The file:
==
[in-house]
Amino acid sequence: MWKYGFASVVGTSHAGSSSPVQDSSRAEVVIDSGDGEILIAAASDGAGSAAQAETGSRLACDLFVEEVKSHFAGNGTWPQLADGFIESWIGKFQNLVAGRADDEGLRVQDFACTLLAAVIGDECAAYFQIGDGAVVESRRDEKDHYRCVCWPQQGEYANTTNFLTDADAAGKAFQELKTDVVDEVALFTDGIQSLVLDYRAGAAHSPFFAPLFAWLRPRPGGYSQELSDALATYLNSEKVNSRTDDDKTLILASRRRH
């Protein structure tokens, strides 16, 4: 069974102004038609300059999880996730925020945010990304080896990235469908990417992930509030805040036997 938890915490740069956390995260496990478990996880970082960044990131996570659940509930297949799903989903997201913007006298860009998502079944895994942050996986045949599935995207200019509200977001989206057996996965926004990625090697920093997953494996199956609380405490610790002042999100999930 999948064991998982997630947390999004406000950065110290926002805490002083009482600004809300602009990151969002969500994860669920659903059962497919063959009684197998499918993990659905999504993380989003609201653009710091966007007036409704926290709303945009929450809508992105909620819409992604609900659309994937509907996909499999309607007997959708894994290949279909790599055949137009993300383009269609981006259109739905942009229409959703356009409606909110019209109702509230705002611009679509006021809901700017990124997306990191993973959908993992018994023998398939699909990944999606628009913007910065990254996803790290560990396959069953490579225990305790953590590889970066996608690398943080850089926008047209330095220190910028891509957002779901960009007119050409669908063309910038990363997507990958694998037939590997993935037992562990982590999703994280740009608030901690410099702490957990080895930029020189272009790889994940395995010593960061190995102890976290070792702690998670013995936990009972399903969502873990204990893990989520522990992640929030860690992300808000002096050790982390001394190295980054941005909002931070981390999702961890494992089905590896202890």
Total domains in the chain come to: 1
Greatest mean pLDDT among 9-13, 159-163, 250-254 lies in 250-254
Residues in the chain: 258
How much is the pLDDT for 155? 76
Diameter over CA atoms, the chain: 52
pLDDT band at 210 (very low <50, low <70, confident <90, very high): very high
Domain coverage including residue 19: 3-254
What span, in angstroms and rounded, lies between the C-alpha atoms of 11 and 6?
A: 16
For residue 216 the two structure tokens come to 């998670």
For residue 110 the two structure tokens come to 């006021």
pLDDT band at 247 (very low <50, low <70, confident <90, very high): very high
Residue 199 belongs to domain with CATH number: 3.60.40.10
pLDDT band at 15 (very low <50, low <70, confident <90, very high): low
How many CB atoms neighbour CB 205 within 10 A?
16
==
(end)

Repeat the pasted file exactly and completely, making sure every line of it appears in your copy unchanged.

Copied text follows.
[in-house]
Amino acid sequence: MWKYGFASVVGTSHAGSSSPVQDSSRAEVVIDSGDGEILIAAASDGAGSAAQAETGSRLACDLFVEEVKSHFAGNGTWPQLADGFIESWIGKFQNLVAGRADDEGLRVQDFACTLLAAVIGDECAAYFQIGDGAVVESRRDEKDHYRCVCWPQQGEYANTTNFLTDADAAGKAFQELKTDVVDEVALFTDGIQSLVLDYRAGAAHSPFFAPLFAWLRPRPGGYSQELSDALATYLNSEKVNSRTDDDKTLILASRRRH
């Protein structure tokens, strides 16, 4: 069974102004038609300059999880996730925020945010990304080896990235469908990417992930509030805040036997 938890915490740069956390995260496990478990996880970082960044990131996570659940509930297949799903989903997201913007006298860009998502079944895994942050996986045949599935995207200019509200977001989206057996996965926004990625090697920093997953494996199956609380405490610790002042999100999930 999948064991998982997630947390999004406000950065110290926002805490002083009482600004809300602009990151969002969500994860669920659903059962497919063959009684197998499918993990659905999504993380989003609201653009710091966007007036409704926290709303945009929450809508992105909620819409992604609900659309994937509907996909499999309607007997959708894994290949279909790599055949137009993300383009269609981006259109739905942009229409959703356009409606909110019209109702509230705002611009679509006021809901700017990124997306990191993973959908993992018994023998398939699909990944999606628009913007910065990254996803790290560990396959069953490579225990305790953590590889970066996608690398943080850089926008047209330095220190910028891509957002779901960009007119050409669908063309910038990363997507990958694998037939590997993935037992562990982590999703994280740009608030901690410099702490957990080895930029020189272009790889994940395995010593960061190995102890976290070792702690998670013995936990009972399903969502873990204990893990989520522990992640929030860690992300808000002096050790982390001394190295980054941005909002931070981390999702961890494992089905590896202890």
Total domains in the chain come to: 1
Greatest mean pLDDT among 9-13, 159-163, 250-254 lies in 250-254
Residues in the chain: 258
How much is the pLDDT for 155? 76
Diameter over CA atoms, the chain: 52
pLDDT band at 210 (very low <50, low <70, confident <90, very high): very high
Domain coverage including residue 19: 3-254
What span, in angstroms and rounded, lies between the C-alpha atoms of 11 and 6?
A: 16
For residue 216 the two structure tokens come to 């998670």
For residue 110 the two structure tokens come to 């006021």
pLDDT band at 247 (very low <50, low <70, confident <90, very high): very high
Residue 199 belongs to domain with CATH number: 3.60.40.10
pLDDT band at 15 (very low <50, low <70, confident <90, very high): low
How many CB atoms neighbour CB 205 within 10 A?
16